The Motley Fool featured a piece called “Smash the Market,” which focused on 4 points a savvy investor should consider before buying any mutual fund.
While some are questionable to my way of thinking, they are widely held beliefs and it may help you if we take a look at them one by one:
The myth is to focus on searching for funds with below average expense ratios and avoid load funds like the plague. ‘Amen’ to the latter and ‘not necessarily’ to the former.
Of course, if your mode of operating your portfolio is to Buy-and-Hope through thick and thin, then the underlying cost of a fund can make an important difference.
However, if you use Trend Tracking as your investment discipline, then costs are secondary to performance because you will be exposed to the market for a shorter time frame. For example, during the rebound of 2003, after the devastating bear market, one of our holdings was NAMCX. It absolutely took of gaining some 60% over a 2-3 months period. Do you think I was concerned whether this fund actually had a peer with a lower expense ratio? Heck no; great performance for a given period can always command higher fees.
2. Tax Efficiency.
OK, while important, the article states to avoid a fund with high turnover with use of a non-tax-sheltered account. Then it goes on to say “to look for a manger with a buy-and-hold strategy.” That’s were it gets very iffy. I have actually met investors who, for tax reasons only, held on to an investment, which then proceeded to tank and lost more money then the taxes saved. That is simply insane yet many people operate that way.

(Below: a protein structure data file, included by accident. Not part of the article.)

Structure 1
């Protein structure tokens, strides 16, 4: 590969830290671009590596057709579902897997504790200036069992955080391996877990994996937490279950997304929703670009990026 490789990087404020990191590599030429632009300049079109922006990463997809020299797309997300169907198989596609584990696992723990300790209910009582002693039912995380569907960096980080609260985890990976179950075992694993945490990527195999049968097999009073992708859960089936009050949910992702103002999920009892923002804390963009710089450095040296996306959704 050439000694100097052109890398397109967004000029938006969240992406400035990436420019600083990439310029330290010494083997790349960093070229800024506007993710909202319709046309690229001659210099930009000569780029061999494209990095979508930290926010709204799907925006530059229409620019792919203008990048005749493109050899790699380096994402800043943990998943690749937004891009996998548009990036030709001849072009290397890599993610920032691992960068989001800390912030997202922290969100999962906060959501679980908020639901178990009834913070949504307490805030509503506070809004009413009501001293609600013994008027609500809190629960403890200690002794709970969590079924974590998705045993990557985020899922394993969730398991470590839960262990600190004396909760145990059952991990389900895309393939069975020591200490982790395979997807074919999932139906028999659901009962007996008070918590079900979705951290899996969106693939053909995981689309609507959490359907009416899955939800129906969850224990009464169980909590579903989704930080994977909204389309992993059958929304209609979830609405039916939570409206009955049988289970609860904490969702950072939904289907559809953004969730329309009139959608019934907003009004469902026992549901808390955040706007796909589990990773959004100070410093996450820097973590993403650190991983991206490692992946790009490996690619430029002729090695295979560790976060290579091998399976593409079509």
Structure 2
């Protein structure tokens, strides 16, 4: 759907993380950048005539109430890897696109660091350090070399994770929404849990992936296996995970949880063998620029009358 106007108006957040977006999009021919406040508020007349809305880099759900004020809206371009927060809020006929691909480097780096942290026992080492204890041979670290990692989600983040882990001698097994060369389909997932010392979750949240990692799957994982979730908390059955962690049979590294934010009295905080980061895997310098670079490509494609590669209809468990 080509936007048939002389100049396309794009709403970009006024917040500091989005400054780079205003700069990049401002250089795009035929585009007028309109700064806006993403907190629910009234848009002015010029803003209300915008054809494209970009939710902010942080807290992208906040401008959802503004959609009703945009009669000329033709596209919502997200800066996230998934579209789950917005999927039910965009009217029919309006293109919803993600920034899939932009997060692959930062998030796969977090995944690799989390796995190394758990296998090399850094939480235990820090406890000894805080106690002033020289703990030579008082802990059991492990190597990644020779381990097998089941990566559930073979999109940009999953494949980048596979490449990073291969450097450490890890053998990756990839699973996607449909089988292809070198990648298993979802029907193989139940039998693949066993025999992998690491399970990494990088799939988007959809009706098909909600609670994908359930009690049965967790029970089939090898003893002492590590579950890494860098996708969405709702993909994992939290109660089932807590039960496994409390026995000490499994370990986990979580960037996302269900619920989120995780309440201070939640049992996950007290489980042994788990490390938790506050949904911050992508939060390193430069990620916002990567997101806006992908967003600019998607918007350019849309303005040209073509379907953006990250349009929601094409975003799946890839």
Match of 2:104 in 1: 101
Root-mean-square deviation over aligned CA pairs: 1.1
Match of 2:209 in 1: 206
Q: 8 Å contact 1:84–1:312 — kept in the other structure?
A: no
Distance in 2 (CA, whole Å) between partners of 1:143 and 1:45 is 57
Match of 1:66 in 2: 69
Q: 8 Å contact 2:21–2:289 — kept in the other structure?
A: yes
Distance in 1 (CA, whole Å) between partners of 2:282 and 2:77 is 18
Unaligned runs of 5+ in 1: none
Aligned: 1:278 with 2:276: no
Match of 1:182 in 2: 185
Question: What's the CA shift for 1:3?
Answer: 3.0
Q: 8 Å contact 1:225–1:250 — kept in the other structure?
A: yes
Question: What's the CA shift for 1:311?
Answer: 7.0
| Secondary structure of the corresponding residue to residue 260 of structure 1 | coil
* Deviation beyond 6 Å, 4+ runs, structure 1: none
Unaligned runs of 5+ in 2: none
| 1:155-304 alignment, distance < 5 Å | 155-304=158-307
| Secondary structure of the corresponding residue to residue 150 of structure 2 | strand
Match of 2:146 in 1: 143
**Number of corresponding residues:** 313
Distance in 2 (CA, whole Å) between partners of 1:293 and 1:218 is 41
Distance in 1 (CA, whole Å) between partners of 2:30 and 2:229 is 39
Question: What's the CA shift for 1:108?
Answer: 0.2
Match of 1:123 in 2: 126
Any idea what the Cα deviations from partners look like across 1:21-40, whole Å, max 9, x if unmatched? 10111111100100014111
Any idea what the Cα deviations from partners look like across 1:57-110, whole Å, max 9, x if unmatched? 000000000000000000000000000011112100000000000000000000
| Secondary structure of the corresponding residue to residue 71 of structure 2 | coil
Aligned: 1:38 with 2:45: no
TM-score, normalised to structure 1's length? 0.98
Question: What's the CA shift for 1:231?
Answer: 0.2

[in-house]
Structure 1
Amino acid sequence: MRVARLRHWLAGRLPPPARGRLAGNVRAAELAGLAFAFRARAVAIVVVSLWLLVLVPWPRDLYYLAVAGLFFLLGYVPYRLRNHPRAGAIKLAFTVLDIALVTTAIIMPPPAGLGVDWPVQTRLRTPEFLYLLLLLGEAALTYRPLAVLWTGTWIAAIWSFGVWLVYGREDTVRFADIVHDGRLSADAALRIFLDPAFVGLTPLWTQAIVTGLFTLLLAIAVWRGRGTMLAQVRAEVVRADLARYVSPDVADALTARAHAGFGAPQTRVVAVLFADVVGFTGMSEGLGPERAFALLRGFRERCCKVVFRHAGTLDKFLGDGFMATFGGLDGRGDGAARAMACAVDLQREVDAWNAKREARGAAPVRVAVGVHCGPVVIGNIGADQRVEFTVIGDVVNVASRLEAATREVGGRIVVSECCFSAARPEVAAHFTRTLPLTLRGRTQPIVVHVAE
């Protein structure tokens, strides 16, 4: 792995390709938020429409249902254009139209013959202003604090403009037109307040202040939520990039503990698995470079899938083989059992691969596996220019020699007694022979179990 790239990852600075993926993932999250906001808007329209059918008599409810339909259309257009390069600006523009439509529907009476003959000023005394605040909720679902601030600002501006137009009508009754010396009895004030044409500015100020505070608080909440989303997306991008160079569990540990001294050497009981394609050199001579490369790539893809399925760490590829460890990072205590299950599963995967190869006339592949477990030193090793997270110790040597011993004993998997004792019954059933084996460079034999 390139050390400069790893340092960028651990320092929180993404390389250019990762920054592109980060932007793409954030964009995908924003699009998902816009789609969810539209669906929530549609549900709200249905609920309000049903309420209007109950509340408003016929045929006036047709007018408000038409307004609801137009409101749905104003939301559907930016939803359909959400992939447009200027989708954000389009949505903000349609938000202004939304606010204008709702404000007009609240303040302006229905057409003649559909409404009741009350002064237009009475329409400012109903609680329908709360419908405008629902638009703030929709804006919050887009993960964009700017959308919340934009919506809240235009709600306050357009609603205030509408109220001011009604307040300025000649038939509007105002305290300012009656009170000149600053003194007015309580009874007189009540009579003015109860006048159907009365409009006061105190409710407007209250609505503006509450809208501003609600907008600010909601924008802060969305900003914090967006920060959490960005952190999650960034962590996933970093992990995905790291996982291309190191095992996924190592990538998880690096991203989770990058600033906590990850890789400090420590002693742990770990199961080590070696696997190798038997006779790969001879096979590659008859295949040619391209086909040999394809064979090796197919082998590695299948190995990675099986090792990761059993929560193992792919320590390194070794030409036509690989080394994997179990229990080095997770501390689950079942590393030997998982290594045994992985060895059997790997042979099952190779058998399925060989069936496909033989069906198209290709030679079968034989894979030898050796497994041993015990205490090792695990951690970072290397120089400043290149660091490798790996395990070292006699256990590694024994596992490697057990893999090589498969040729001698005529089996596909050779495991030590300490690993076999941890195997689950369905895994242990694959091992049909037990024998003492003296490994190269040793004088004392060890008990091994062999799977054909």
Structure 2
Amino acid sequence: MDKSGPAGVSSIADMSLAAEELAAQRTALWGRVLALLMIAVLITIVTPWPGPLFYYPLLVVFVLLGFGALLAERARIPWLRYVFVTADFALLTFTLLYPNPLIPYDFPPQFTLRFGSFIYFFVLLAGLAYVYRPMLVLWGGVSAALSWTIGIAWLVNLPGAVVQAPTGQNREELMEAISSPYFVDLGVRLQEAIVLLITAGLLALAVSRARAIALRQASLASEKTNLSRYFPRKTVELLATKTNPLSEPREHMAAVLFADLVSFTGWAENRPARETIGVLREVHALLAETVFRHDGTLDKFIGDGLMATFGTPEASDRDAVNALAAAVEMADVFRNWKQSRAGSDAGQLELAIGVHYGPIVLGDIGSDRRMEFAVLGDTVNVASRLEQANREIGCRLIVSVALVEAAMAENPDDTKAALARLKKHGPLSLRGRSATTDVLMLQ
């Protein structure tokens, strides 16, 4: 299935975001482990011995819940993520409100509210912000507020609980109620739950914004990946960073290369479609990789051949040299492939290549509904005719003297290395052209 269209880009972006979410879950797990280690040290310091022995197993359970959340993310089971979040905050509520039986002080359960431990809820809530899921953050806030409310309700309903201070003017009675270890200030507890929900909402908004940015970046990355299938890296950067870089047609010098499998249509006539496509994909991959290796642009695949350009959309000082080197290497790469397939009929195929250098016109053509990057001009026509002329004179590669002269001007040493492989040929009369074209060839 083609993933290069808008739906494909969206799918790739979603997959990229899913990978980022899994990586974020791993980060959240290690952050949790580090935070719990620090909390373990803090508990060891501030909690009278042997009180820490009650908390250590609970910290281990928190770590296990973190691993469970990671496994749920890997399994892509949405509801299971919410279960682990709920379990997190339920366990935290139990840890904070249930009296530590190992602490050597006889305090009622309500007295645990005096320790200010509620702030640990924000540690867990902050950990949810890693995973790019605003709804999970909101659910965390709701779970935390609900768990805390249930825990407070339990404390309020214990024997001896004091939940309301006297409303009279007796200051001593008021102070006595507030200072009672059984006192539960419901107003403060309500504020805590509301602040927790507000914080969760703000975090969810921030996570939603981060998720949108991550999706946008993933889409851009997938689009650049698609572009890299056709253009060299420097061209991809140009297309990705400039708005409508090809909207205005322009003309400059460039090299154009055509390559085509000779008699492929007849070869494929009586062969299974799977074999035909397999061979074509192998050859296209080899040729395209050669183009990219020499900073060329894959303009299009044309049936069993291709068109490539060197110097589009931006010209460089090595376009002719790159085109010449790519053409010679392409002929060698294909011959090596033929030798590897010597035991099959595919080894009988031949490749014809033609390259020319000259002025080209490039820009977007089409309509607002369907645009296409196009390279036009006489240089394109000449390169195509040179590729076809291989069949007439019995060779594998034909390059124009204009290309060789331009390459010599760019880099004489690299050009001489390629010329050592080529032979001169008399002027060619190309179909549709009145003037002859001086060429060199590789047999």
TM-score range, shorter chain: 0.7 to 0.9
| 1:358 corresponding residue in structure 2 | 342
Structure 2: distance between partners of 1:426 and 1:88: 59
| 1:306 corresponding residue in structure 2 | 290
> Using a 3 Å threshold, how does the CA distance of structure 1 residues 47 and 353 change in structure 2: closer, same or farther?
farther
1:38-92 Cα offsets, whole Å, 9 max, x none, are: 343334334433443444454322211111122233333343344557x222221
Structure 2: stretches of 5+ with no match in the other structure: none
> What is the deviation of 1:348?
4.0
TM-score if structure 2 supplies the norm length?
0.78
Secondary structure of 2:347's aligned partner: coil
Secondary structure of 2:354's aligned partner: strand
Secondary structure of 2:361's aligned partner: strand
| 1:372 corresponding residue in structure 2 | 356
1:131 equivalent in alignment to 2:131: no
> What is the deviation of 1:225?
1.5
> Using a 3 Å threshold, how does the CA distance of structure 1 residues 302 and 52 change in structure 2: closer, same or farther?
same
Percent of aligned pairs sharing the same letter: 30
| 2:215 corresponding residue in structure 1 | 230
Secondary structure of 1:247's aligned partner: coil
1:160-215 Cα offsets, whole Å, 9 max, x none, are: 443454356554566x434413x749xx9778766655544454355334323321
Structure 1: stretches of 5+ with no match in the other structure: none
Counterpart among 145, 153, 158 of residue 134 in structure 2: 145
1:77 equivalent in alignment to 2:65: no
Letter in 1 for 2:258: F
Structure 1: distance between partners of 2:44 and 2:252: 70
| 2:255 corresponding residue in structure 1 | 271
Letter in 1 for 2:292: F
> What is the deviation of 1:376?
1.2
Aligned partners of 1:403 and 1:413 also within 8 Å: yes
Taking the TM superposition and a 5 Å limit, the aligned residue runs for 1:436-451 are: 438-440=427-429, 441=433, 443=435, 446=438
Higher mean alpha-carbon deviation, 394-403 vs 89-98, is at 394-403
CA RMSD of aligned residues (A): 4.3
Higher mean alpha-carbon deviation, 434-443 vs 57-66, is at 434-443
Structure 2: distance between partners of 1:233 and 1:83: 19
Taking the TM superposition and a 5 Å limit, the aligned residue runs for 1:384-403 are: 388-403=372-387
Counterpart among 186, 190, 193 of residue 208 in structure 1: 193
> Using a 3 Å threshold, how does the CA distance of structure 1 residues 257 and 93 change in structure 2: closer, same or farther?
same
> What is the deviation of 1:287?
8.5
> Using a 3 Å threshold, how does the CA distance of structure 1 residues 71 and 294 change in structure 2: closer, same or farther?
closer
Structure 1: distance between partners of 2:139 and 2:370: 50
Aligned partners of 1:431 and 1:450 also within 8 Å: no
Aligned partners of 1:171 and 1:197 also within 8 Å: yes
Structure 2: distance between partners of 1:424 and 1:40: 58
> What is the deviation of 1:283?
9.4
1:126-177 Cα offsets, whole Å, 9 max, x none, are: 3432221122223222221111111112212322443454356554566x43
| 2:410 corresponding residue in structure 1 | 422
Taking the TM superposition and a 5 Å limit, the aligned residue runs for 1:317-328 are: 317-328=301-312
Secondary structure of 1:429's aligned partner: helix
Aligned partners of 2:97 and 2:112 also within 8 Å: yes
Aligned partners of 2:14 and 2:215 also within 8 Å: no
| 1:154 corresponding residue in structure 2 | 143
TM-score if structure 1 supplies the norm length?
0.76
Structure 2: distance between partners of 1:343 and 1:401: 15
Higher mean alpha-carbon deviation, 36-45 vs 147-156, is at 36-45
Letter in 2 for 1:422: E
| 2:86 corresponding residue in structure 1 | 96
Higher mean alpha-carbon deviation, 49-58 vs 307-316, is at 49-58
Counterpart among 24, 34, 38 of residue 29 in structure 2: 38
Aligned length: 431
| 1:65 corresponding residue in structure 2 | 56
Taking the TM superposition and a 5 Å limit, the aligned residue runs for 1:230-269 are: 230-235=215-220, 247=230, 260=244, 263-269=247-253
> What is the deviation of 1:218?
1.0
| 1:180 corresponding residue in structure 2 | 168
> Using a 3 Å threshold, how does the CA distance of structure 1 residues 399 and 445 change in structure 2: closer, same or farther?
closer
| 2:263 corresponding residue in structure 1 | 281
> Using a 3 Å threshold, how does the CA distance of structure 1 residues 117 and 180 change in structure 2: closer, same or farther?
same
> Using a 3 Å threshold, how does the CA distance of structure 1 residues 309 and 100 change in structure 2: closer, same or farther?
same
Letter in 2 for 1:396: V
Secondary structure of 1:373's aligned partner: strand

I agree somewhat with using a fund manager with some experience, although it won’t make any difference if a bear market strikes. If the objective of a fund is, say, ‘domestic large blend,’ then that’s what he has to invest in. If the trend heads south, guess what? The experienced manager will lose your money just as well as the inexperienced one.
This one gets to me as article says that “the fund’s manager should have a proven strategy that’s been battle tested over numerous market cycles.”
If he runs a fund that’s supposed to be long in the market, how can he have a proven strategy? How will he deal with a bear market? While he can make some adjustments to his portfolio, he can never ever be 100% in cash? Why? So the investing public can always buy and redeem shares.
Be aware that as an investor, you will have to come up with a strategy that keeps your portfolio intact when the markets slide. Don’t rely on your mutual fund—you will live to regret it.